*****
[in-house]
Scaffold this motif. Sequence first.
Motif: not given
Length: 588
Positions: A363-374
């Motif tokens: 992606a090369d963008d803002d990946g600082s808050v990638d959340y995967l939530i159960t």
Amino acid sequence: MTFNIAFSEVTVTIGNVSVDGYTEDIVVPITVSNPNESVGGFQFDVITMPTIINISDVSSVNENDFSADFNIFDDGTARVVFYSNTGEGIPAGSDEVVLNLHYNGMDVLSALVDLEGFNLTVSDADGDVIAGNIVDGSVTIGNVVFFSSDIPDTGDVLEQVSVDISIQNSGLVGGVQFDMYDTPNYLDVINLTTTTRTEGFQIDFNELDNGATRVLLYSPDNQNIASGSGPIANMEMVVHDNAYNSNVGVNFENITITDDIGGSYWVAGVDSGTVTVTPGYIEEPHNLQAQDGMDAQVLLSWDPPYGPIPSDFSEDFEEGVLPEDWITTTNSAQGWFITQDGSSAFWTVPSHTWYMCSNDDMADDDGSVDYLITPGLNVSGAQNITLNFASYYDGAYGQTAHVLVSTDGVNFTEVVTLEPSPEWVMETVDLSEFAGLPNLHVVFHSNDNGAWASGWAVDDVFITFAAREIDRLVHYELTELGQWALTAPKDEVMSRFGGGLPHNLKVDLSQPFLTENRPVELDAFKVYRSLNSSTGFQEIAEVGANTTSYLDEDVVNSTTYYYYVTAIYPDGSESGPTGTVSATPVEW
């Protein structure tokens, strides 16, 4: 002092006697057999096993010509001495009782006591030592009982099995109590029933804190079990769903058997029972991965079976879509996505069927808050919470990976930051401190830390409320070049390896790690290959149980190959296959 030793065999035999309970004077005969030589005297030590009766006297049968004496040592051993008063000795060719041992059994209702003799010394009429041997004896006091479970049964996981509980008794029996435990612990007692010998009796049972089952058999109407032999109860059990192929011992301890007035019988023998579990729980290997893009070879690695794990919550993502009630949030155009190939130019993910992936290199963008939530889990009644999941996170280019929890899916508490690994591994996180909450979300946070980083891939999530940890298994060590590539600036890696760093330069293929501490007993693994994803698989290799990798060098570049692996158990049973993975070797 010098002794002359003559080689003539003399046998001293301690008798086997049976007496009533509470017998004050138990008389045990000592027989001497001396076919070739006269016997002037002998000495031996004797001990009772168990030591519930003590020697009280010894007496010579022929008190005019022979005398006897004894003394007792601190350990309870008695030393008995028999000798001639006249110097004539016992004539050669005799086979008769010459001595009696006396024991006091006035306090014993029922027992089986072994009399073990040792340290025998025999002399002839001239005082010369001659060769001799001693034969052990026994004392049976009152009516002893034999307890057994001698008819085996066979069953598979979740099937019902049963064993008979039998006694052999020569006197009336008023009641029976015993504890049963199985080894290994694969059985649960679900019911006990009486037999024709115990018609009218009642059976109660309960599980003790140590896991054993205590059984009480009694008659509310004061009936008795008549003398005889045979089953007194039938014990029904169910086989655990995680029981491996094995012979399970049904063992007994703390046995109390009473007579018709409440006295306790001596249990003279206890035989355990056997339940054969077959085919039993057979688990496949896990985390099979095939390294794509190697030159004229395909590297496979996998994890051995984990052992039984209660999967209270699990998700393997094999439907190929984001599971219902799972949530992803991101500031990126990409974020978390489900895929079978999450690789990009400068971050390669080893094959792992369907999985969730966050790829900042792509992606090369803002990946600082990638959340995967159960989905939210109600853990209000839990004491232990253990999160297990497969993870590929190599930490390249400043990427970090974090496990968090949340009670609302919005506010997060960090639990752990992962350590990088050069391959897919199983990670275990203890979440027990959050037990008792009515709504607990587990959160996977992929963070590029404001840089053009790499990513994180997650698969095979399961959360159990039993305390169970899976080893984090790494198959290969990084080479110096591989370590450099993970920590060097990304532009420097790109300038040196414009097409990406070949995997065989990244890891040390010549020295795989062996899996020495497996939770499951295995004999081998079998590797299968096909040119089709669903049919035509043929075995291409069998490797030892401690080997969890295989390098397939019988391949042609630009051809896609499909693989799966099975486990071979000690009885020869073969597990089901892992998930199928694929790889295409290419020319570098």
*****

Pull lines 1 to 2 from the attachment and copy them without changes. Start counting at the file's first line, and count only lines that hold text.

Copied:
[in-house]
Scaffold this motif. Sequence first.